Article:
Moreover, said the majority, “The problem that concerned the district judge … was the difficulty that could be encountered by voters who do not plan ahead and wait until the last day that state law allows for certain steps. Yet, as the Supreme Court observed last April in this very case, voters who wait until the last minute face problems with or without a pandemic.”

The 7th Circuit Court emphasized, as had happened before in an election-related case before Conley, that “The Court has consistently stayed orders by which federal judges have used COVID-19 as a reason to displace the decision of the policymaking branches of government.”

The dissenting judge adopted Conley’s same activist and overbroad view of federal judges’ power, stating, hyperbolically, “This is a travesty.”

She claimed that the majority was adopting “a hands-off approach to election governance that elevates legislative prerogative over a citizen’s fundamental right to vote.”

She failed to acknowledge that the Constitution gives state legislators the authority to determine what rules govern the election process, including during a pandemic, not unelected federal judges.

She also ignored the practical problem that changing the rules just before an election will cause chaos and confusion for both voters and election officials.

She ended her opinion by saying, “Good luck and G-d bless, Wisconsin. You are going to need it.”

Actually, what Wisconsin voters — and all of us — need are judges who don’t usurp the authority of elected officials and who approach their judicial task with humility, understanding their proper role in our system of government. Thankfully, at least two judges on the 7th Circuit Court did just that.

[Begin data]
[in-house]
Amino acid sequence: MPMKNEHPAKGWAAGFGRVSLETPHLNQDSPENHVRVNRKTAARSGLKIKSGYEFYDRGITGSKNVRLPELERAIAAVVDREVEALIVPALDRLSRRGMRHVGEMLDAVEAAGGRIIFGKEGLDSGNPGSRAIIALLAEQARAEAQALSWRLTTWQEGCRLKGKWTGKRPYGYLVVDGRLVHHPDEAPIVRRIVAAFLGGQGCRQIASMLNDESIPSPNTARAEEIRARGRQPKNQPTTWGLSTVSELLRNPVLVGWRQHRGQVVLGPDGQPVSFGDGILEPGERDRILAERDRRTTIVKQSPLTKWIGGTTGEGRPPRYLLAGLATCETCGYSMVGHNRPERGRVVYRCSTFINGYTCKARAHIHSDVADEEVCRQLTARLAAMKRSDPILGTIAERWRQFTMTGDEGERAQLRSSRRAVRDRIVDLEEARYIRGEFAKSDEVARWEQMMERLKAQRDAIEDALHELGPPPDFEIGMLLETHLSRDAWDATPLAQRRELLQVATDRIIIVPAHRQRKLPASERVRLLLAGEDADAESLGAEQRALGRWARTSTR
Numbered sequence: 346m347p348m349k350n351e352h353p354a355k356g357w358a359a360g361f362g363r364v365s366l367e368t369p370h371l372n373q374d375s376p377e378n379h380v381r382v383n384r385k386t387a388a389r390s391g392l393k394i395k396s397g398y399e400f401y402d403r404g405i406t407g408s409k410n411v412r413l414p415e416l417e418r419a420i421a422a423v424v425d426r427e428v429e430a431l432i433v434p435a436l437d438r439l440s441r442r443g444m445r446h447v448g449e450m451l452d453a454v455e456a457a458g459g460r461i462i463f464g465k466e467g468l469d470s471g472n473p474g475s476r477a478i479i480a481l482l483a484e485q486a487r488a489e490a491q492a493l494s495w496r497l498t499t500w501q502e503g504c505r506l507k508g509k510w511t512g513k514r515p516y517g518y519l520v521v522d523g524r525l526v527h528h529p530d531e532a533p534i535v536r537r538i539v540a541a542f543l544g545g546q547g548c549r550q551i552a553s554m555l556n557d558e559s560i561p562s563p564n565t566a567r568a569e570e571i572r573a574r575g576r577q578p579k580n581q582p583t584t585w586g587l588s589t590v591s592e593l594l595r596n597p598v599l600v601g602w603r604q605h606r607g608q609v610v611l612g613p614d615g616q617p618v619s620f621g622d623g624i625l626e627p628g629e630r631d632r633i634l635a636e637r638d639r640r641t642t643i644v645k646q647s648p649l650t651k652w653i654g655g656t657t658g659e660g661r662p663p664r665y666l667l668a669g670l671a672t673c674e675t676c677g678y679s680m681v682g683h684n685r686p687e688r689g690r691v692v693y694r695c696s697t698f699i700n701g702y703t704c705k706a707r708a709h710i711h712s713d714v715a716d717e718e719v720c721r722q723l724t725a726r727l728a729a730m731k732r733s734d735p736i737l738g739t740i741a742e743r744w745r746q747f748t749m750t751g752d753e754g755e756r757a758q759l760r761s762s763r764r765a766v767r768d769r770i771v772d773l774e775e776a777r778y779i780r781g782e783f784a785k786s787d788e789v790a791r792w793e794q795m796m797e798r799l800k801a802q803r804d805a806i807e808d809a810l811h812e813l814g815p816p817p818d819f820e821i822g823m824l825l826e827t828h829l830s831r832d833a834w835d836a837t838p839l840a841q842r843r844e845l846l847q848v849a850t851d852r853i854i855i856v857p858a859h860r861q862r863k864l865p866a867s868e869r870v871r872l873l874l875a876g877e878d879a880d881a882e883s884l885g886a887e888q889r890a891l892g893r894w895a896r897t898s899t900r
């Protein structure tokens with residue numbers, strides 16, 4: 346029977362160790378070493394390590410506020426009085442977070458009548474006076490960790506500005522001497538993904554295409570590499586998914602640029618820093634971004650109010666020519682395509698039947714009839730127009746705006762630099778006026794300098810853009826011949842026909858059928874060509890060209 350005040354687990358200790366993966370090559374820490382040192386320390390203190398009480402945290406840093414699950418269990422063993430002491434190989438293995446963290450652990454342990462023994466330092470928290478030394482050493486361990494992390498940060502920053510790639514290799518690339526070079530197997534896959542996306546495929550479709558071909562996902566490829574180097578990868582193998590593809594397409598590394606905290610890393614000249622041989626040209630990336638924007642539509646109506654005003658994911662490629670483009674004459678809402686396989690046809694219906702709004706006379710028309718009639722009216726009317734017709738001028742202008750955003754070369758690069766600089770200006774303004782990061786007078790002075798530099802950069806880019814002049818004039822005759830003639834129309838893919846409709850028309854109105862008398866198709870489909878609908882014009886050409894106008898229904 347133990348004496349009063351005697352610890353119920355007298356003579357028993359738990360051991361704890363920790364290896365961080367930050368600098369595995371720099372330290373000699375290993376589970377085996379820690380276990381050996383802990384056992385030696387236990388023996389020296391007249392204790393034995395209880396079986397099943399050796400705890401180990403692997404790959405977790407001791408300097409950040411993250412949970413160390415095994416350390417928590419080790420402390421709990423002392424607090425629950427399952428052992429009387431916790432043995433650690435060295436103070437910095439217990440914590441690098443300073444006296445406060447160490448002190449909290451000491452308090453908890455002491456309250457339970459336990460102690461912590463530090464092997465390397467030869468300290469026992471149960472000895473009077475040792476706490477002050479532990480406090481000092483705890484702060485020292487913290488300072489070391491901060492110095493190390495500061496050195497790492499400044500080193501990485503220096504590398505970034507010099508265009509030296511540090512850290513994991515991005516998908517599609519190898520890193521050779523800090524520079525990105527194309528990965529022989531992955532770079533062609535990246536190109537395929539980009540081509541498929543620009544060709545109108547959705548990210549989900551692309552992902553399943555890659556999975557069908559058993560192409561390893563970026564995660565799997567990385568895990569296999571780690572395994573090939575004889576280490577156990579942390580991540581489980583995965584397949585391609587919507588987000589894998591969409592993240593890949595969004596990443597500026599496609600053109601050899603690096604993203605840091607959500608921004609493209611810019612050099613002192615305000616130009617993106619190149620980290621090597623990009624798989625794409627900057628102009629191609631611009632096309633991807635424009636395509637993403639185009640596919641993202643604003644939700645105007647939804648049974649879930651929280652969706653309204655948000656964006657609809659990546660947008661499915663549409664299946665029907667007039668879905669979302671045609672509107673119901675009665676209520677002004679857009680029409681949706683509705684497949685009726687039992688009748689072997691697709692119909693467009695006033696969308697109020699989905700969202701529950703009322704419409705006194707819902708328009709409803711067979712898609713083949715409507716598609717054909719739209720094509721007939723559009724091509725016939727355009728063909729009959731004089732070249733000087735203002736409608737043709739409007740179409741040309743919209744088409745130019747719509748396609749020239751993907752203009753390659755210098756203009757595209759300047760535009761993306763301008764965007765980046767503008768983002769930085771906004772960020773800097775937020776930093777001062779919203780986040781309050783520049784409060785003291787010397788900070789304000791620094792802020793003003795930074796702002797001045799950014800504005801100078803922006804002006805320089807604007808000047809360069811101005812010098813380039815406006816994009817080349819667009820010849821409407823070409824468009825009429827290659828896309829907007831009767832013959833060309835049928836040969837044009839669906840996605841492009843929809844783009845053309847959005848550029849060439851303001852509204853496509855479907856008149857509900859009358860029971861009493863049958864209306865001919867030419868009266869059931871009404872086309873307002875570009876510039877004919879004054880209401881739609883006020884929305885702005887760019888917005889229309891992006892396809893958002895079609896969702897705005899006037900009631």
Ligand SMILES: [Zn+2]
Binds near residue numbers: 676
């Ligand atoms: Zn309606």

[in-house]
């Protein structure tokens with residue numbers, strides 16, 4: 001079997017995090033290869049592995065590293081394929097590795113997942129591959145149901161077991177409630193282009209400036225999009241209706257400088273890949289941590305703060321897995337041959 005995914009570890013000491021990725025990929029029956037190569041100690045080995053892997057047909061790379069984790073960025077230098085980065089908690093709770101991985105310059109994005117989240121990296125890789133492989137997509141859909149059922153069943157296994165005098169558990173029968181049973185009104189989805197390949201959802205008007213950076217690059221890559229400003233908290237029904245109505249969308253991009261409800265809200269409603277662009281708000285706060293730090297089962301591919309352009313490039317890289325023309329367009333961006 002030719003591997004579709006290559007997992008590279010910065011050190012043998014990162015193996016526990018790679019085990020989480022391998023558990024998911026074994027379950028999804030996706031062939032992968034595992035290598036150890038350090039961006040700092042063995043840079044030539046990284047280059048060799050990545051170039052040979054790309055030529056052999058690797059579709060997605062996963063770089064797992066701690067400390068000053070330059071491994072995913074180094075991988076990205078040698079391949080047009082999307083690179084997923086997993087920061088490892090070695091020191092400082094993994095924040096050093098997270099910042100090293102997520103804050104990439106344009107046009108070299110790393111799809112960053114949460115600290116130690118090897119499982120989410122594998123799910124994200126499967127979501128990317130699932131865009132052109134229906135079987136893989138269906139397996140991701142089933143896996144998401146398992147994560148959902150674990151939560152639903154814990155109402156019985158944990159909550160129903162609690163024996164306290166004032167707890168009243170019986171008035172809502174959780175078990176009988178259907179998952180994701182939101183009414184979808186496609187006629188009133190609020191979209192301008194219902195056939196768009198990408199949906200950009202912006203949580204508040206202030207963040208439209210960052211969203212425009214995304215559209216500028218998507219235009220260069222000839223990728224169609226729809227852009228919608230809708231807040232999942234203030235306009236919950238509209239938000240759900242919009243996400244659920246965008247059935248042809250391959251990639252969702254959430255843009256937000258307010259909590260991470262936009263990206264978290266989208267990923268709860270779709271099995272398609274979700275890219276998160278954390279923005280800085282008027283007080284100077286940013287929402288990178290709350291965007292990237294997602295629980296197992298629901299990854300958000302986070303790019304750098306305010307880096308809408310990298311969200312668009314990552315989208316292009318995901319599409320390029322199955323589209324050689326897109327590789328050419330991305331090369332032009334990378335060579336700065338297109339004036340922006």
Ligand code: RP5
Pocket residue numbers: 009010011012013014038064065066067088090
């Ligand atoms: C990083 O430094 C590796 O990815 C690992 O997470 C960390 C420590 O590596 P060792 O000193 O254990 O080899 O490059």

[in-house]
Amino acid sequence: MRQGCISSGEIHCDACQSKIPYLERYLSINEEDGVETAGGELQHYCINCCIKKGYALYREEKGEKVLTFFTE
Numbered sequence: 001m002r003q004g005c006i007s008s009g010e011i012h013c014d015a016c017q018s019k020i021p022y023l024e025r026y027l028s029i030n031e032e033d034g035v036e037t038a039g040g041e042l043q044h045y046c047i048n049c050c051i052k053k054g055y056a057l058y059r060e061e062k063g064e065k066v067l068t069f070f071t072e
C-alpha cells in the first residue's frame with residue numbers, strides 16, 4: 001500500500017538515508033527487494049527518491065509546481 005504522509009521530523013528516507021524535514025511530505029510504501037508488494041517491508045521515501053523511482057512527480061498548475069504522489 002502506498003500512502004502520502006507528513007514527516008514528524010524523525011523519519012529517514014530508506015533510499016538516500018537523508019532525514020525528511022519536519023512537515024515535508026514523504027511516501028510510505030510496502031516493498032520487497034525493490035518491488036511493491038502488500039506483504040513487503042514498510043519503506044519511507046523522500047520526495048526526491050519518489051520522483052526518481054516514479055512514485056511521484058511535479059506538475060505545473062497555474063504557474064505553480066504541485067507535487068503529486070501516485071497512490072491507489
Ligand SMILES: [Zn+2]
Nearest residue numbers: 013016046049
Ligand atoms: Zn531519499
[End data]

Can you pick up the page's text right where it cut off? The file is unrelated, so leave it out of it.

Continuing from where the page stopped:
Republished from The Daily Signal.

Who We Are

The Patriot Post is a highly acclaimed weekday digest of news analysis, policy and opinion written from the heartland — as opposed to the MSM’s ubiquitous Beltway echo chambers — for grassroots leaders nationwide. More

What We Offer

On the Web

We provide solid conservative perspective on the most important issues, including analysis, opinion columns, headline summaries, memes, cartoons and much more.

Via Email

Choose our full-length Digest or our quick-reading Snapshot for a summary of important news. We also offer Cartoons & Memes on Monday and Alexander’s column on Wednesday.

Our Mission

The Patriot Post is steadfast in our mission to extend the endowment of Liberty to the next generation by advocating for individual rights and responsibilities, supporting the restoration of constitutional limits on government and the judiciary, and promoting free enterprise, national defense and traditional American values. We are a rock-solid conservative touchstone for the expanding ranks of grassroots Americans Patriots from all walks of life. Our mission and operation budgets are not financed by any political or special interest groups, and to protect our editorial integrity, we accept no advertising. We are sustained solely by you. Please support The Patriot Fund today!


“Our cause is noble; it is the cause of mankind!” —George Washington

The Patriot Post is protected speech, as enumerated in the First Amendment and enforced by the Second Amendment of the Constitution of the United States of America, in accordance with the endowed and unalienable Rights of All Mankind.

Copyright © 2020 The Patriot Post. All Rights Reserved.

The Patriot Post does not support Internet Explorer. We recommend installing the latest version of Microsoft Edge, Mozilla Firefox, or Google Chrome.